Jul 28 / Jacko

Why Shut Your Mouth and Keep it Nasal!

How you breathe can have such a huge impact on all aspects of your health.

It can impact how you feel, how you respond to life's stresses, how you sleep and how your body utilises oxygen.
Not only that the nose provides a vital first line of protection for every breath of air you take in - something that the mouth does not provide when breathing in through the mouth.

Benefits of Nose Breathing

• Protects upper airways
• Nitric oxide provides anti-viral protection
• More efficient gas exchange between oxygen and carbon dioxide
• Stimulates diaphragmatic breathing
• Slows breathing rate down for parasympathetic response
• Relaxes and reduces feelings of stress and anxiety

When we look at the role and functions the nose provides when breathing it’s evident that it is designed as our primary 'inlet' for breathing. Sure, we can breathe through the mouth but that doesn't mean that we have to. A silly example I like to use it that you could in fact stick food up your nose and 'snort' it to the back of your throat and eat it - but you don't right? At least, hopefully not!

But it could be done, we just not it’s not the best or most efficient way to consume food. You miss out on the vital digestive processed that start in the mouth. The breaking down of the food as we chew and the saliva build up that initiates the start of the digestive process is lost or bypassed.

The same can be said if we don't use the nose to breathe. We would miss out on the protective properties that the nose provides to the air that we breathe in. It humidifies and purifies that air we take it and helps retain moisture from the air we exhale - protecting the upper air ways and lungs.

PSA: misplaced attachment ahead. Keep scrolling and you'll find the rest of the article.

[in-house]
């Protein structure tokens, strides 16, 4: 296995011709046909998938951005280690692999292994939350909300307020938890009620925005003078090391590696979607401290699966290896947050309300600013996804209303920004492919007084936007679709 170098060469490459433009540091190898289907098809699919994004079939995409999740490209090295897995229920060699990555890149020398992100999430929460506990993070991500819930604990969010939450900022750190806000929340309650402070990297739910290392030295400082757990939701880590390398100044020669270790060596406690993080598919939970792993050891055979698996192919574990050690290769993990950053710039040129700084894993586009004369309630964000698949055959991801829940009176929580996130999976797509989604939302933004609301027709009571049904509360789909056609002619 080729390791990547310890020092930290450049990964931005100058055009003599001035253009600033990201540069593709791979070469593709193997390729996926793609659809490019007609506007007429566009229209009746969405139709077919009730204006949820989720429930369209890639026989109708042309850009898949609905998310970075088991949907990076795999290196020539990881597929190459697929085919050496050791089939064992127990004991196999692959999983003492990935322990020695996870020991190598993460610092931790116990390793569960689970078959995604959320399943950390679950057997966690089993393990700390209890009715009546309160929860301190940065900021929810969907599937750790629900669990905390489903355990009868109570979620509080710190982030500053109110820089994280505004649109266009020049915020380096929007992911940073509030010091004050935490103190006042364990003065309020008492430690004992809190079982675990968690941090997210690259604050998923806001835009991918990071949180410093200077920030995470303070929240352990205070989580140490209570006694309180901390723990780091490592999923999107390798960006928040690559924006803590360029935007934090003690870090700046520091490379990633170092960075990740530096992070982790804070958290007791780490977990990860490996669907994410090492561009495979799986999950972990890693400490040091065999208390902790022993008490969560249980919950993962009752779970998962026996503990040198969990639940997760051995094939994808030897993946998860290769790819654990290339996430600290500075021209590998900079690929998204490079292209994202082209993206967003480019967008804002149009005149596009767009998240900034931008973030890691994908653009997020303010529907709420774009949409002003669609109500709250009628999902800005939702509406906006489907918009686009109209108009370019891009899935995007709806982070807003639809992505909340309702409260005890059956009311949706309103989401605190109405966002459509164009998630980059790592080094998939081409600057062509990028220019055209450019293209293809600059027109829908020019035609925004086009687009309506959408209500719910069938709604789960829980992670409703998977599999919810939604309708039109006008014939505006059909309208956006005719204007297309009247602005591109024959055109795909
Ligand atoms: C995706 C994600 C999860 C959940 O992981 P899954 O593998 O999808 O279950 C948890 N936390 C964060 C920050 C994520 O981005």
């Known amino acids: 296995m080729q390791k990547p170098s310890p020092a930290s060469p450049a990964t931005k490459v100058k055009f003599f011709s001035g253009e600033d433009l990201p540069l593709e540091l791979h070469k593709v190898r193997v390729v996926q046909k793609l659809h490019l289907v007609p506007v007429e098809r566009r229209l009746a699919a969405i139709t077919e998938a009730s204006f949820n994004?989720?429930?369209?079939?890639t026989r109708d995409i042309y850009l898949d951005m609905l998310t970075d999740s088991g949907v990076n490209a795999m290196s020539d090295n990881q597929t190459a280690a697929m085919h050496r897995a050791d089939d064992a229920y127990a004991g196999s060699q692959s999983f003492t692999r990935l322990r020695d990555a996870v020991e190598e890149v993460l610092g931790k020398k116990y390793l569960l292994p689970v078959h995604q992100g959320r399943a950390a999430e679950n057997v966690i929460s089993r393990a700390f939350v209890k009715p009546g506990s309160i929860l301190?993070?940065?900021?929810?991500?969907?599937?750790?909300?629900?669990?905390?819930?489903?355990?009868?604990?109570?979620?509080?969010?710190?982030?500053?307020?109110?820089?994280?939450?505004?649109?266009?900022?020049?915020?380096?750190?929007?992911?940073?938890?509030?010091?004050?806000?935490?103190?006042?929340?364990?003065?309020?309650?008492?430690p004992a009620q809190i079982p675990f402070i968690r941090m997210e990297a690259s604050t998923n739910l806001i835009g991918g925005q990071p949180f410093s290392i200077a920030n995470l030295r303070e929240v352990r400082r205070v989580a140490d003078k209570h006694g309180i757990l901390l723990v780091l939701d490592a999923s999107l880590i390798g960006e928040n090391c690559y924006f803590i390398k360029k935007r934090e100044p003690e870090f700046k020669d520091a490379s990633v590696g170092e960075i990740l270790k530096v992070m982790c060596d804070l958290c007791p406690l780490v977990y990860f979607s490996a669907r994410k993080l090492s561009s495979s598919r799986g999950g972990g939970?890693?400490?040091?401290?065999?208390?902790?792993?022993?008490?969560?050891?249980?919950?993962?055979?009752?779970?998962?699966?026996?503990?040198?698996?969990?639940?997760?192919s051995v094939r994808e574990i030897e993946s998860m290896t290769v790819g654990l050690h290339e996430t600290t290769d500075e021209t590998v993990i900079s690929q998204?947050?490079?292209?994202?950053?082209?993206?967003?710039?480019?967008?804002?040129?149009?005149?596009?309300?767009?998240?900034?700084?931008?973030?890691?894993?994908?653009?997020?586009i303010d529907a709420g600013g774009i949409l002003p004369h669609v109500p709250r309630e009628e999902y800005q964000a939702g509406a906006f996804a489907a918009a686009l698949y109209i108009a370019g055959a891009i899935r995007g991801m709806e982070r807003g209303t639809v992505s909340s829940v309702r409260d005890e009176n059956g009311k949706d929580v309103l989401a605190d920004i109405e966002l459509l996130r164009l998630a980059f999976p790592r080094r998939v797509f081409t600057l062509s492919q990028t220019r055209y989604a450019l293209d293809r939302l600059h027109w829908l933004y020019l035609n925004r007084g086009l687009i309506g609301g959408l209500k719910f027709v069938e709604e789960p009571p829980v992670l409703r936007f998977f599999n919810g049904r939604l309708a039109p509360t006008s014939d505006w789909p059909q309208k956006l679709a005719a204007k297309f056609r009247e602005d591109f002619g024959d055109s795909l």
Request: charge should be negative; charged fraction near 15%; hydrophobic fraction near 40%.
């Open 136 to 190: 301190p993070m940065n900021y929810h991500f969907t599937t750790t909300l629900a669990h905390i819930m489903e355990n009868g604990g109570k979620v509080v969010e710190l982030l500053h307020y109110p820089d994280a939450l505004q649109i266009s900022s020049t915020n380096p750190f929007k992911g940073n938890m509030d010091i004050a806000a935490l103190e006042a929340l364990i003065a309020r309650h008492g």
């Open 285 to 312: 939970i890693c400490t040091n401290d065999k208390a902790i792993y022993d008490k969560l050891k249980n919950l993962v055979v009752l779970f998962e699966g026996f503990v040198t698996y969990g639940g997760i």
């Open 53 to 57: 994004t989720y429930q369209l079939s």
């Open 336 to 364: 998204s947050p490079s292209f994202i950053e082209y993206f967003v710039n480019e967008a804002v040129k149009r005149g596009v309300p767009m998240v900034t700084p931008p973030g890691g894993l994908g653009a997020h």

Not only that, it provides nitric oxide (which is only found in the nasal cavity - not in the mouth) which helps to keep the nose unblocked, open up the upper airways (as a vasodilator) and helps to distribute the blood within the lungs more evenly to allow for more efficient gas exchange of oxygen and carbon dioxide into and out of the bloodstream.

The nose also helps to slow down our breathing and encourages activation of the diaphragm compared with mouth breathing. Mouth breathing tends to be lead from the upper chest and results in a shallower, faster breathing pattern. This fast, shallow, upper chest, mouth breathing is part of the sympathetic (fight, flight or freeze) stress response. Breathing in this way is often the result of feeling stress and becomes a vicious cycle, as breathing in this way creates a feeling a stress.

Nasal breathing on the other hand, creates a more relax breathing pattern. The slowing down of the breathing rate, less air passing through the lungs helps to create an environment for a parasympathetic (rest, digest and relax) response.

Finally, the connection between the nose and the diaphragm helps to facilitate diaphragmatic breathing which helps to stabilise the spine through intra-abdominal pressure, helping reduce back pain through better functional movement.

In summary:

"The mouth is for eating and the nose is for breathing"

Let’s keep it that way!

Keep it Nasal!

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